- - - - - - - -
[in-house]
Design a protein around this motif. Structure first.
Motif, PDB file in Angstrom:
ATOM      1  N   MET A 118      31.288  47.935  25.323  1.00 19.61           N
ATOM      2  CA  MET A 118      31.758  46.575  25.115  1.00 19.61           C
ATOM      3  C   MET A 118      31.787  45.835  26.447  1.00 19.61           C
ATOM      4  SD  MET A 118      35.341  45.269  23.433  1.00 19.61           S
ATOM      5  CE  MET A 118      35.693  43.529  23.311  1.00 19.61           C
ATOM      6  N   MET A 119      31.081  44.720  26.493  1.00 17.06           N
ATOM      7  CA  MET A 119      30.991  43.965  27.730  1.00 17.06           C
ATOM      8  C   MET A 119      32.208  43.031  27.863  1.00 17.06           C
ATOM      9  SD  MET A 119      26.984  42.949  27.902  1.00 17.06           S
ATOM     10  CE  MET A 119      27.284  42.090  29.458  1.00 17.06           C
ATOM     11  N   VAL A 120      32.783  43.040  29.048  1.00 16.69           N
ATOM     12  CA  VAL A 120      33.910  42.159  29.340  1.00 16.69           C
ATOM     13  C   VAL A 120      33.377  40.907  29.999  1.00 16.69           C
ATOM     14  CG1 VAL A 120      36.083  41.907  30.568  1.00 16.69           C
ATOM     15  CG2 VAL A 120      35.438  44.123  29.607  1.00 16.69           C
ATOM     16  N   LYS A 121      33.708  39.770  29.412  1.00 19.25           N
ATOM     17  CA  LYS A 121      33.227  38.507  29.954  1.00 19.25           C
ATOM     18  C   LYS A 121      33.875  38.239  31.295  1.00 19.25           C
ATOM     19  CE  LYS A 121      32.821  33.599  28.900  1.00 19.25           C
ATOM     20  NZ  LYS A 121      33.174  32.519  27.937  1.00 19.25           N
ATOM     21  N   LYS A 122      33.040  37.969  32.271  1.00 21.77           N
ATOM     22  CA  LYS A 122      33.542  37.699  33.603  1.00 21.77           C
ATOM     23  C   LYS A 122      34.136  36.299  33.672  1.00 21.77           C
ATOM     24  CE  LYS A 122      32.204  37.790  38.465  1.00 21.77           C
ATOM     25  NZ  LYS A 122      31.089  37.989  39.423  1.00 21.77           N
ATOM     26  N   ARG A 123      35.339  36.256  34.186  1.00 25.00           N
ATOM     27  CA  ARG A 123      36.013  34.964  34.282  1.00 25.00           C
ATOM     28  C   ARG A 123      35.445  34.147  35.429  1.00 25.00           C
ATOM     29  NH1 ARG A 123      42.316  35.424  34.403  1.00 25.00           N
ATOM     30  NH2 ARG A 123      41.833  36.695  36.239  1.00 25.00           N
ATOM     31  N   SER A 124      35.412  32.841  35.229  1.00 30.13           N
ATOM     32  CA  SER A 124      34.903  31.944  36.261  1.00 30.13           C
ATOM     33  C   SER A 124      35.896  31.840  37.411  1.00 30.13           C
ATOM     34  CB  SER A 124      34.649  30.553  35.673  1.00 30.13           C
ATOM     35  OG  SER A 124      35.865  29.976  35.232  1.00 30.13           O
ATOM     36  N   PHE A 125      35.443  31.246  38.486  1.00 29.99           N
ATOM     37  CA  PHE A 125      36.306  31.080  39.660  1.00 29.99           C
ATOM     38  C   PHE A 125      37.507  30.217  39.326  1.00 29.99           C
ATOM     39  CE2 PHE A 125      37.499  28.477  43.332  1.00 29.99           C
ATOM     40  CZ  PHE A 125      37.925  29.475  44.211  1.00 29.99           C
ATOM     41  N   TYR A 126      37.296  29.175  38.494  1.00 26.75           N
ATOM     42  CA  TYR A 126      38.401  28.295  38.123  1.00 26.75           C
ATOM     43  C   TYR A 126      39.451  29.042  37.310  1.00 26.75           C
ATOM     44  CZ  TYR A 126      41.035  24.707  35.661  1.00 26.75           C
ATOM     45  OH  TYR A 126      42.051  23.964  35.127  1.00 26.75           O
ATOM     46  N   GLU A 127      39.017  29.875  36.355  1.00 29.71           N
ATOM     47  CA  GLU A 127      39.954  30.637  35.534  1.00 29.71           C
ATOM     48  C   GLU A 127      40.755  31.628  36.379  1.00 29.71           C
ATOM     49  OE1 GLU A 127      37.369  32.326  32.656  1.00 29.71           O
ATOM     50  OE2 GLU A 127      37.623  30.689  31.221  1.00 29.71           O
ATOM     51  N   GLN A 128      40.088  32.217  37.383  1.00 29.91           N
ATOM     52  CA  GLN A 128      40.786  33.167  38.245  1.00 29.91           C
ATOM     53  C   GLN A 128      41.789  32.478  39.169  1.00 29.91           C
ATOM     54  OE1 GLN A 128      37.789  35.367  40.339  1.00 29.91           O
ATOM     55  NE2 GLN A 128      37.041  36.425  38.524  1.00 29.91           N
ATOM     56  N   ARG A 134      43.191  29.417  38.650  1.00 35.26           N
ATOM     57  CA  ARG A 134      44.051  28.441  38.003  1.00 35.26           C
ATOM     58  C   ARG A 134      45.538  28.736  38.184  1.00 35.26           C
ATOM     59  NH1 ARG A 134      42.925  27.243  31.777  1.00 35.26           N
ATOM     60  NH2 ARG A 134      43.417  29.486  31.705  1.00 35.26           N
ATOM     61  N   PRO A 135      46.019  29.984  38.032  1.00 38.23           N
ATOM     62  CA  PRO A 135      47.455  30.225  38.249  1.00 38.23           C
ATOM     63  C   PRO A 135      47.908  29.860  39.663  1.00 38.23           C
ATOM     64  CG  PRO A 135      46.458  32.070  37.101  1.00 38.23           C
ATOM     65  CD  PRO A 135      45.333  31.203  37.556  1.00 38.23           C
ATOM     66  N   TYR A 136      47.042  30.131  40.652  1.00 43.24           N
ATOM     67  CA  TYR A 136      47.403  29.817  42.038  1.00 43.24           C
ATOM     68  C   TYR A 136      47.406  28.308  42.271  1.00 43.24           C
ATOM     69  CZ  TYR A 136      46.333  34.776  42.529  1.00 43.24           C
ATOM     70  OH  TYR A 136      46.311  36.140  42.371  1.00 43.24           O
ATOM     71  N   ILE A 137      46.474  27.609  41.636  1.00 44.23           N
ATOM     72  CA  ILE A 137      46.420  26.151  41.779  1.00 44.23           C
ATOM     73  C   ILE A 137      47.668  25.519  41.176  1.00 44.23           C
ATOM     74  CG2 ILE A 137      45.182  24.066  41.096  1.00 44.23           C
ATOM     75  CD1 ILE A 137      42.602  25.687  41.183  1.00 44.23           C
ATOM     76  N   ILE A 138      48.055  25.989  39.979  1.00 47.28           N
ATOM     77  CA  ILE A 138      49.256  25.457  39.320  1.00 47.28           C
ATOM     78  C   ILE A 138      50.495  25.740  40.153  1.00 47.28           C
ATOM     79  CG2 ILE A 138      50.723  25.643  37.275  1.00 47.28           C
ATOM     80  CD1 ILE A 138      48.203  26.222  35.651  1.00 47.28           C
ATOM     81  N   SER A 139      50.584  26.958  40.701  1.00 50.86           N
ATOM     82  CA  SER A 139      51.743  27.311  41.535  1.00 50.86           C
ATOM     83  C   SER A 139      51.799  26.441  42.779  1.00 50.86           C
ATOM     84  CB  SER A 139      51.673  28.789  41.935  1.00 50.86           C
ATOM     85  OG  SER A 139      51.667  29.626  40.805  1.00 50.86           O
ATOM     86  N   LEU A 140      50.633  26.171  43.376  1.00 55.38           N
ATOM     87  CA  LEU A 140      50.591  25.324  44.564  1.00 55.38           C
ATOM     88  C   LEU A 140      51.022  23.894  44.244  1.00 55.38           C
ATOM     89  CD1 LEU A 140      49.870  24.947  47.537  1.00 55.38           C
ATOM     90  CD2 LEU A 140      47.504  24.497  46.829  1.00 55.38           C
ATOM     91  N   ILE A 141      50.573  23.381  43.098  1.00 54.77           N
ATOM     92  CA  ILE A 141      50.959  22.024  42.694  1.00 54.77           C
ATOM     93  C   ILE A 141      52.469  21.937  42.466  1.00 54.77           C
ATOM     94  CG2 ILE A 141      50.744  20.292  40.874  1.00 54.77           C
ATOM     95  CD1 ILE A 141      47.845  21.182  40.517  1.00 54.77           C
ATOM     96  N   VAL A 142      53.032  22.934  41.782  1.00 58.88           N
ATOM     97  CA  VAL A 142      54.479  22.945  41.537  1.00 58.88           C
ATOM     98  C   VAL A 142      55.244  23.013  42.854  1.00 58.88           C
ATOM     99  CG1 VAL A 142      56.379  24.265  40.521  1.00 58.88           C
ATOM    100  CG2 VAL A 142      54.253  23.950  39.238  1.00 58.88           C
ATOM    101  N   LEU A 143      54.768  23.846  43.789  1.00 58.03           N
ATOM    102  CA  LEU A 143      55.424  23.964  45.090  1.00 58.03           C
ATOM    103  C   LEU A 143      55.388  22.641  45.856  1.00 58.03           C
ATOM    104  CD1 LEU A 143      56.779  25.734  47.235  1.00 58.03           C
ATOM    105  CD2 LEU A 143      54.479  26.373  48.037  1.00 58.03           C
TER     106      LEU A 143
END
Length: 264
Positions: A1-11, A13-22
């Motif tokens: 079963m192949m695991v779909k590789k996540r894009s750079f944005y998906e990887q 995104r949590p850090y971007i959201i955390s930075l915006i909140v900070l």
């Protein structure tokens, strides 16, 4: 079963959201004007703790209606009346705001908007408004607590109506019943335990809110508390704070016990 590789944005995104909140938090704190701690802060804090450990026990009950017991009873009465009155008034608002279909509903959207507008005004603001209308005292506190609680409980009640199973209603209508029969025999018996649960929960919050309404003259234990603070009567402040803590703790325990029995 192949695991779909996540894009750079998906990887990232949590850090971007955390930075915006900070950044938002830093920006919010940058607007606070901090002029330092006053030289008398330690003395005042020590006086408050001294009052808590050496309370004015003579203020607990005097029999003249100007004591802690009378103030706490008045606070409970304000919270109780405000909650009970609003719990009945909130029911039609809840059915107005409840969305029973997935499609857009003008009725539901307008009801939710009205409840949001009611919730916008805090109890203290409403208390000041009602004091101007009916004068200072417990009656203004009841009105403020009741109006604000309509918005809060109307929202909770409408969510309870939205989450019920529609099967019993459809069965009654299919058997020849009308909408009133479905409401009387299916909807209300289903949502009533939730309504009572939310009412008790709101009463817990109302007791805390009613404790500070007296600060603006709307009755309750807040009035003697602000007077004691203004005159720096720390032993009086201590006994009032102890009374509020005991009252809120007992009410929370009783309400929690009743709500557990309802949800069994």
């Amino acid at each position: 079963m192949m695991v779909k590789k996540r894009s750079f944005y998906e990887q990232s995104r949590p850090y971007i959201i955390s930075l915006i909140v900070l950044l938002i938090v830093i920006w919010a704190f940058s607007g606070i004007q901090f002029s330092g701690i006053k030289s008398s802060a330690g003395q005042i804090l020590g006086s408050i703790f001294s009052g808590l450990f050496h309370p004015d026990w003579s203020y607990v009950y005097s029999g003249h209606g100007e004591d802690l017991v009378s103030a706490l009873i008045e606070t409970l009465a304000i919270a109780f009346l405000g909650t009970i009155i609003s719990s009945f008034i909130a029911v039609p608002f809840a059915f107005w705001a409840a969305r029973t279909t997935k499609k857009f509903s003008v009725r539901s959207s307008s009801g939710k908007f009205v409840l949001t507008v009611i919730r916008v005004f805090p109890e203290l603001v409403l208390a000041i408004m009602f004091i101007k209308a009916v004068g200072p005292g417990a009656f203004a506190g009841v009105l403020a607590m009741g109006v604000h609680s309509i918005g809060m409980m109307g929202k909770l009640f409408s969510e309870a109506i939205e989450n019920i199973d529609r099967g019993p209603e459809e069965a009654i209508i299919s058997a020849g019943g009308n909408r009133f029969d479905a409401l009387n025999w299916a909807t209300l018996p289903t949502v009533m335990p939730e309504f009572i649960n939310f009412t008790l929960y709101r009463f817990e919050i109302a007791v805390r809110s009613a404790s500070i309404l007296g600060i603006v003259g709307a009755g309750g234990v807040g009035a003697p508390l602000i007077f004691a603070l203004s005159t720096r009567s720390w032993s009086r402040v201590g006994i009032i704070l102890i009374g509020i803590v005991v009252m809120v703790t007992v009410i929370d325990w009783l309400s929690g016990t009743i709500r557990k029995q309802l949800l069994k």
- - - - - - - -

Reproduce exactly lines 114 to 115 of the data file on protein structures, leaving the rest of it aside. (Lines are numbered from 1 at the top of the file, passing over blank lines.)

């Protein structure tokens, strides 16, 4: 079963959201004007703790209606009346705001908007408004607590109506019943335990809110508390704070016990 590789944005995104909140938090704190701690802060804090450990026990009950017991009873009465009155008034608002279909509903959207507008005004603001209308005292506190609680409980009640199973209603209508029969025999018996649960929960919050309404003259234990603070009567402040803590703790325990029995 192949695991779909996540894009750079998906990887990232949590850090971007955390930075915006900070950044938002830093920006919010940058607007606070901090002029330092006053030289008398330690003395005042020590006086408050001294009052808590050496309370004015003579203020607990005097029999003249100007004591802690009378103030706490008045606070409970304000919270109780405000909650009970609003719990009945909130029911039609809840059915107005409840969305029973997935499609857009003008009725539901307008009801939710009205409840949001009611919730916008805090109890203290409403208390000041009602004091101007009916004068200072417990009656203004009841009105403020009741109006604000309509918005809060109307929202909770409408969510309870939205989450019920529609099967019993459809069965009654299919058997020849009308909408009133479905409401009387299916909807209300289903949502009533939730309504009572939310009412008790709101009463817990109302007791805390009613404790500070007296600060603006709307009755309750807040009035003697602000007077004691203004005159720096720390032993009086201590006994009032102890009374509020005991009252809120007992009410929370009783309400929690009743709500557990309802949800069994």
């Amino acid at each position: 079963m192949m695991v779909k590789k996540r894009s750079f944005y998906e990887q990232s995104r949590p850090y971007i959201i955390s930075l915006i909140v900070l950044l938002i938090v830093i920006w919010a704190f940058s607007g606070i004007q901090f002029s330092g701690i006053k030289s008398s802060a330690g003395q005042i804090l020590g006086s408050i703790f001294s009052g808590l450990f050496h309370p004015d026990w003579s203020y607990v009950y005097s029999g003249h209606g100007e004591d802690l017991v009378s103030a706490l009873i008045e606070t409970l009465a304000i919270a109780f009346l405000g909650t009970i009155i609003s719990s009945f008034i909130a029911v039609p608002f809840a059915f107005w705001a409840a969305r029973t279909t997935k499609k857009f509903s003008v009725r539901s959207s307008s009801g939710k908007f009205v409840l949001t507008v009611i919730r916008v005004f805090p109890e203290l603001v409403l208390a000041i408004m009602f004091i101007k209308a009916v004068g200072p005292g417990a009656f203004a506190g009841v009105l403020a607590m009741g109006v604000h609680s309509i918005g809060m409980m109307g929202k909770l009640f409408s969510e309870a109506i939205e989450n019920i199973d529609r099967g019993p209603e459809e069965a009654i209508i299919s058997a020849g019943g009308n909408r009133f029969d479905a409401l009387n025999w299916a909807t209300l018996p289903t949502v009533m335990p939730e309504f009572i649960n939310f009412t008790l929960y709101r009463f817990e919050i109302a007791v805390r809110s009613a404790s500070i309404l007296g600060i603006v003259g709307a009755g309750g234990v807040g009035a003697p508390l602000i007077f004691a603070l203004s005159t720096r009567s720390w032993s009086r402040v201590g006994i009032i704070l102890i009374g509020i803590v005991v009252m809120v703790t007992v009410i929370d325990w009783l309400s929690g016990t009743i709500r557990k029995q309802l949800l069994k």